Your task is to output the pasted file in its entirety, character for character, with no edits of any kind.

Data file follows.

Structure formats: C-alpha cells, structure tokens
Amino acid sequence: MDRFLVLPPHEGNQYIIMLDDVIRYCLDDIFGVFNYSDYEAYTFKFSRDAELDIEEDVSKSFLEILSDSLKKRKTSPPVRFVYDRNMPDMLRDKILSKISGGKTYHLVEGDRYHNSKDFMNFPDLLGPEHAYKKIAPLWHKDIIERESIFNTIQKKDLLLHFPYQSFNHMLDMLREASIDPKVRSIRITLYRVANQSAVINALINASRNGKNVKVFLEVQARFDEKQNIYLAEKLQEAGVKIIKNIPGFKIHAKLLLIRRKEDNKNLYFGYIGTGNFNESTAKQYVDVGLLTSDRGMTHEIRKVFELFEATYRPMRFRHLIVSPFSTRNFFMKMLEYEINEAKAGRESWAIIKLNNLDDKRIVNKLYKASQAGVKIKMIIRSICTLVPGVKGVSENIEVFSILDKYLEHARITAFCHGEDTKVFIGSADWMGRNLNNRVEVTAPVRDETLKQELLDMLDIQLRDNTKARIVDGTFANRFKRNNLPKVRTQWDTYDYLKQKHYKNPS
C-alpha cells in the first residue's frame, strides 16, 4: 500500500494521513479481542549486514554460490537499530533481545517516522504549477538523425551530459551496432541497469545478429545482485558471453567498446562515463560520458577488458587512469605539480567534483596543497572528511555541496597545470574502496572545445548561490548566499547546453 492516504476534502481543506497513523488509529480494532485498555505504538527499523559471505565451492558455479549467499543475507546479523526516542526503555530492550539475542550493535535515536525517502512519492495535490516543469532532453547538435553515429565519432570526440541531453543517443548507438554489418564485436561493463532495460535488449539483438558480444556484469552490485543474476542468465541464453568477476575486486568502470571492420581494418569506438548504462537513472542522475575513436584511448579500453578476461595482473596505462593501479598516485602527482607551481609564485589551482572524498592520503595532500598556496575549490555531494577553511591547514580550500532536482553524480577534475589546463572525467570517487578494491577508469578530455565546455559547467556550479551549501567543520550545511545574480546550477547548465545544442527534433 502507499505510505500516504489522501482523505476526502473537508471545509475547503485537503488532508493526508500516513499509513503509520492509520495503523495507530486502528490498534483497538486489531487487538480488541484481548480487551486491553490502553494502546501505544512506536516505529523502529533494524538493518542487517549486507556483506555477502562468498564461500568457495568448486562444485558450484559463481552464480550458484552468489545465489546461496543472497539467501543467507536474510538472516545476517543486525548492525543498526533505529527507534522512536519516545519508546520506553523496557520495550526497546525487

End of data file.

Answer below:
Structure formats: C-alpha cells, structure tokens
Amino acid sequence: MDRFLVLPPHEGNQYIIMLDDVIRYCLDDIFGVFNYSDYEAYTFKFSRDAELDIEEDVSKSFLEILSDSLKKRKTSPPVRFVYDRNMPDMLRDKILSKISGGKTYHLVEGDRYHNSKDFMNFPDLLGPEHAYKKIAPLWHKDIIERESIFNTIQKKDLLLHFPYQSFNHMLDMLREASIDPKVRSIRITLYRVANQSAVINALINASRNGKNVKVFLEVQARFDEKQNIYLAEKLQEAGVKIIKNIPGFKIHAKLLLIRRKEDNKNLYFGYIGTGNFNESTAKQYVDVGLLTSDRGMTHEIRKVFELFEATYRPMRFRHLIVSPFSTRNFFMKMLEYEINEAKAGRESWAIIKLNNLDDKRIVNKLYKASQAGVKIKMIIRSICTLVPGVKGVSENIEVFSILDKYLEHARITAFCHGEDTKVFIGSADWMGRNLNNRVEVTAPVRDETLKQELLDMLDIQLRDNTKARIVDGTFANRFKRNNLPKVRTQWDTYDYLKQKHYKNPS
C-alpha cells in the first residue's frame, strides 16, 4: 500500500494521513479481542549486514554460490537499530533481545517516522504549477538523425551530459551496432541497469545478429545482485558471453567498446562515463560520458577488458587512469605539480567534483596543497572528511555541496597545470574502496572545445548561490548566499547546453 492516504476534502481543506497513523488509529480494532485498555505504538527499523559471505565451492558455479549467499543475507546479523526516542526503555530492550539475542550493535535515536525517502512519492495535490516543469532532453547538435553515429565519432570526440541531453543517443548507438554489418564485436561493463532495460535488449539483438558480444556484469552490485543474476542468465541464453568477476575486486568502470571492420581494418569506438548504462537513472542522475575513436584511448579500453578476461595482473596505462593501479598516485602527482607551481609564485589551482572524498592520503595532500598556496575549490555531494577553511591547514580550500532536482553524480577534475589546463572525467570517487578494491577508469578530455565546455559547467556550479551549501567543520550545511545574480546550477547548465545544442527534433 502507499505510505500516504489522501482523505476526502473537508471545509475547503485537503488532508493526508500516513499509513503509520492509520495503523495507530486502528490498534483497538486489531487487538480488541484481548480487551486491553490502553494502546501505544512506536516505529523502529533494524538493518542487517549486507556483506555477502562468498564461500568457495568448486562444485558450484559463481552464480550458484552468489545465489546461496543472497539467501543467507536474510538472516545476517543486525548492525543498526533505529527507534522512536519516545519508546520506553523496557520495550526497546525487